March 18, 2010
Here’s the scripted scene. You are tasked with the marketing role in a start-up. You’ve determined who some potential customers are. Now, you need to talk with these customers to find out what their needs and problems are, and to gauge their reception to the product under development. ACTION!
Getting customers to speak with you is not as easy as it seems, and building a relationship with your potential customer doesn’t happen overnight. So, what do you do?
Voice mail can be your best ally in this effort. Most people call a potential customer and if they don’t pick up, they leave a message following the greetings instructions … please leave a brief message and include your name and call back number. If you leave a message such as “This is John Doe from XYZ Company and we are developing a new widget. Call me back at your convenience at (123) 555-4141”. Most likely it’ll be deleted and the call never returned. Most marketing folks will call back again. They get asked to leave another message, and once again, they leave the exact same message as before. Except this time the listener will delete the message before they reach the end of the playback. If you keep leaving them, the sooner and sooner the listener will delete the message, and the listener will hope you’ll eventually give up and go away. If you leave a message enough times, the listener may call you back just because they are so annoyed and just want you to stop calling. You’re clogging up their voice mailbox and keeping them for their important messages. Now what?
A more systematic approach is to create a voice mail campaign. Brainstorm about why your potential customer would want to spend their valuable time helping your create a new product. At this point, you haven’t talked to your customers so you are making assumptions about how your product can be of use to them. Write down 24 short statements about how your new product can benefit them or solve a problem for them. Then prioritize these messages. The next time you call and get voice mail, leave one of these messages and every time you call again, leave another. Now you are building a story about your product and your company. Not all customers will need your product for the same reasons. Keep track of which message eventually gets the customer to return your call. A typical voice mail campaign would have the caller leave 2 messages per week for the first two weeks, 1 message per week for the next four weeks, and finally 1 message per month for the next four months. If your customer is interested, it will usually take 5 to 8 message before you get a return call. Customers are much more receptive to cold calls at work than they are at home. After all, their employers are paying for them to listen to you.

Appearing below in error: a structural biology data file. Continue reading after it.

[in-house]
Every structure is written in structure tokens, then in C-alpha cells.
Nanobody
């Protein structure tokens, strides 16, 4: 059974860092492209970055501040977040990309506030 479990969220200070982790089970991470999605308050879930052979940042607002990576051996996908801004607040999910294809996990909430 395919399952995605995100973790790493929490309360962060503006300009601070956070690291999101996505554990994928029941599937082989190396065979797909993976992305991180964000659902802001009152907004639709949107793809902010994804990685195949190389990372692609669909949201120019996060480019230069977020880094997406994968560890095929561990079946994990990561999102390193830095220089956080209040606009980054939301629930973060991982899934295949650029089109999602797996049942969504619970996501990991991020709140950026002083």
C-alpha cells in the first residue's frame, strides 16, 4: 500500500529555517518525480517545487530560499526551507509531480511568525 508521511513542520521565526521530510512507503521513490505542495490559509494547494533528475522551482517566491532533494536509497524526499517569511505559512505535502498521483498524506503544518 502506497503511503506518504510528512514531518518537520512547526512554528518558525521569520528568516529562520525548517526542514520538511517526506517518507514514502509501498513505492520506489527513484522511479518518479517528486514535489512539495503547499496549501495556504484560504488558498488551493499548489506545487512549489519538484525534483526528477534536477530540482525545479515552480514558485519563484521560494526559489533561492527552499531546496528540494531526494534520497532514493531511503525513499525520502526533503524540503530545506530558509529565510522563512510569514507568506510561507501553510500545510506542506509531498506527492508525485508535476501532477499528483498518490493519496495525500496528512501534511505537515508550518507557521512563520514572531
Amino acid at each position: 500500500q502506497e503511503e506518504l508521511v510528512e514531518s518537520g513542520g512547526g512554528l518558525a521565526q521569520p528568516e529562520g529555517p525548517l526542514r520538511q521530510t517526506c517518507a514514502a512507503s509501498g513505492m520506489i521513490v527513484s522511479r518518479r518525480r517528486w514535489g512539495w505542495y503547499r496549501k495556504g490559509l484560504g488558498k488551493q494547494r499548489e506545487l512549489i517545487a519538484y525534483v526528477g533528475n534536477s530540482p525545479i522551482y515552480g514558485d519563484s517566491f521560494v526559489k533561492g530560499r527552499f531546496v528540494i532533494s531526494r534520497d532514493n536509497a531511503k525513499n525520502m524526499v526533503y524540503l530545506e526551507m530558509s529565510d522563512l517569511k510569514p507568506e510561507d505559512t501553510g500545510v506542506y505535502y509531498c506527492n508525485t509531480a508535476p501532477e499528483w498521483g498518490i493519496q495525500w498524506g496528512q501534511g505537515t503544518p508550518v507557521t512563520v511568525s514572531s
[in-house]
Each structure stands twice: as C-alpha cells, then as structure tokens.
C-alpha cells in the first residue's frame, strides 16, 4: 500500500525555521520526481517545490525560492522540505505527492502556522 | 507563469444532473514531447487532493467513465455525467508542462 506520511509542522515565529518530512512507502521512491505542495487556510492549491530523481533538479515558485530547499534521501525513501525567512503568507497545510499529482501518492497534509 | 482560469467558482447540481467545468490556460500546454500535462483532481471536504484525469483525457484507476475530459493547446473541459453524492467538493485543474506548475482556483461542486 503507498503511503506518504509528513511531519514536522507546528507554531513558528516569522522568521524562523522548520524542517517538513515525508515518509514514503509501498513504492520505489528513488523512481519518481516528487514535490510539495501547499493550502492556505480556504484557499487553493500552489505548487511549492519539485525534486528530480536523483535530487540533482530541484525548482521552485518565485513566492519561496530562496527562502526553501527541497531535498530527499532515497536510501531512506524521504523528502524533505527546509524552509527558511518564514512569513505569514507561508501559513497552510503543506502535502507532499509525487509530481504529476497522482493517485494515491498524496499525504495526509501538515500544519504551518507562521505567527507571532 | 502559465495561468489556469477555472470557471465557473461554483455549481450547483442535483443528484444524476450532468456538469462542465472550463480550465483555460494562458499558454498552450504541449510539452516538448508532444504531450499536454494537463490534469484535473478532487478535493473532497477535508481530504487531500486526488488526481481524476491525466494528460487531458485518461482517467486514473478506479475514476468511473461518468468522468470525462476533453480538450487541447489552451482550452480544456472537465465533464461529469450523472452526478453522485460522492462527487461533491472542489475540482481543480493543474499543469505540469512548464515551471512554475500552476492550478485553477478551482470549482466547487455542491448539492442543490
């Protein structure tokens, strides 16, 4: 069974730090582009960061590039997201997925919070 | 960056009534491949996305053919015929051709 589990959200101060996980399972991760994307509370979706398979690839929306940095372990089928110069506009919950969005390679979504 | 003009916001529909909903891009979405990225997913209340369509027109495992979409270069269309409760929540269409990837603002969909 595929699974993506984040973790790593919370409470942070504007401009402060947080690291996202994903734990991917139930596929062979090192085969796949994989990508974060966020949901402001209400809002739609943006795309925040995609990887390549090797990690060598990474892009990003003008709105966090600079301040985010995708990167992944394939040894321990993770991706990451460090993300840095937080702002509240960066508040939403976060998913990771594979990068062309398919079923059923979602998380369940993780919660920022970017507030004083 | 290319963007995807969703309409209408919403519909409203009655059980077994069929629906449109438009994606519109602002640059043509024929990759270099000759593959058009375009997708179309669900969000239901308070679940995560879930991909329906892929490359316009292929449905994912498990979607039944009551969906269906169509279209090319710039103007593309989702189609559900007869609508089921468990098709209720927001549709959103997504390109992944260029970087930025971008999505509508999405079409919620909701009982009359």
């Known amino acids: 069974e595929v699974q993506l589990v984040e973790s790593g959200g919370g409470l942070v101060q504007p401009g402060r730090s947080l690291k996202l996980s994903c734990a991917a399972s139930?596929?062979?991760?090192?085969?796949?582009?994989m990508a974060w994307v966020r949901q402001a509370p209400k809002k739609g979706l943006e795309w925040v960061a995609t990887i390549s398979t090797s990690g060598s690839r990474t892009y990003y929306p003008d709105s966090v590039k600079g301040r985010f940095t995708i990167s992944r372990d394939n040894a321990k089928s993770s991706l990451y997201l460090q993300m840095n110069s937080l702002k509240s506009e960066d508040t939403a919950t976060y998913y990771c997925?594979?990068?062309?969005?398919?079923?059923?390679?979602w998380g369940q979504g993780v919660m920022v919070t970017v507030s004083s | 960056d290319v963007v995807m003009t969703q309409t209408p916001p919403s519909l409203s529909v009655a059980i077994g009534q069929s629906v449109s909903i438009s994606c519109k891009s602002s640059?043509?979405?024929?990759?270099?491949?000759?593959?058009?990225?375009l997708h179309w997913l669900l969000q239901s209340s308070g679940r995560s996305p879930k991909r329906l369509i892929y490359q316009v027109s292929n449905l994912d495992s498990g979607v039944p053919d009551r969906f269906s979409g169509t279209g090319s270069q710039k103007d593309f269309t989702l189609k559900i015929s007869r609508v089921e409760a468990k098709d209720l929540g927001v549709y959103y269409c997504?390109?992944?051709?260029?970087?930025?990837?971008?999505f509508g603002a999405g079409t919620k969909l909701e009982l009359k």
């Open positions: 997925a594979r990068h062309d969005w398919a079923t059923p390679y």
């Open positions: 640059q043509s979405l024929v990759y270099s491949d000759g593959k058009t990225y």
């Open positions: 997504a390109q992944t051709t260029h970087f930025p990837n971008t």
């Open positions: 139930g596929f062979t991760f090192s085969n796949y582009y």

Email is way over used these days. It’s free and therefore, the avenue of choice to get a written message to your potential customer. If you use email, the subject line is critical. Most readers never open the email. They elect to delete or read it based upon the subject line. The subject should be compelling and valuable to the reader. Use your best tidbit because readers will assume there is better and even more valuable information inside the email. Even if the reader opens the email, you only have the first few sentences to attract their attention and keep them reading to the call to action request – schedule a meeting or phone conversation.
The explosive popularity of email has made snail mail more effective. Recipients will read a physical letter these days because of rarity of getting one. Express mail is even better, particularly if you are trying to connect with a person in a larger organization. Internal mailrooms can be slow with delivering snail mail to addressees and often they can sit in a mail slot for some time before being picked up, but express mail gets delivered quickly because it could be urgent.
Before you jump into a full blown product development and marketing effort, it’s important to make sure the problem is real and customers are desperate for an answer.
Filed under: Marketing & Sales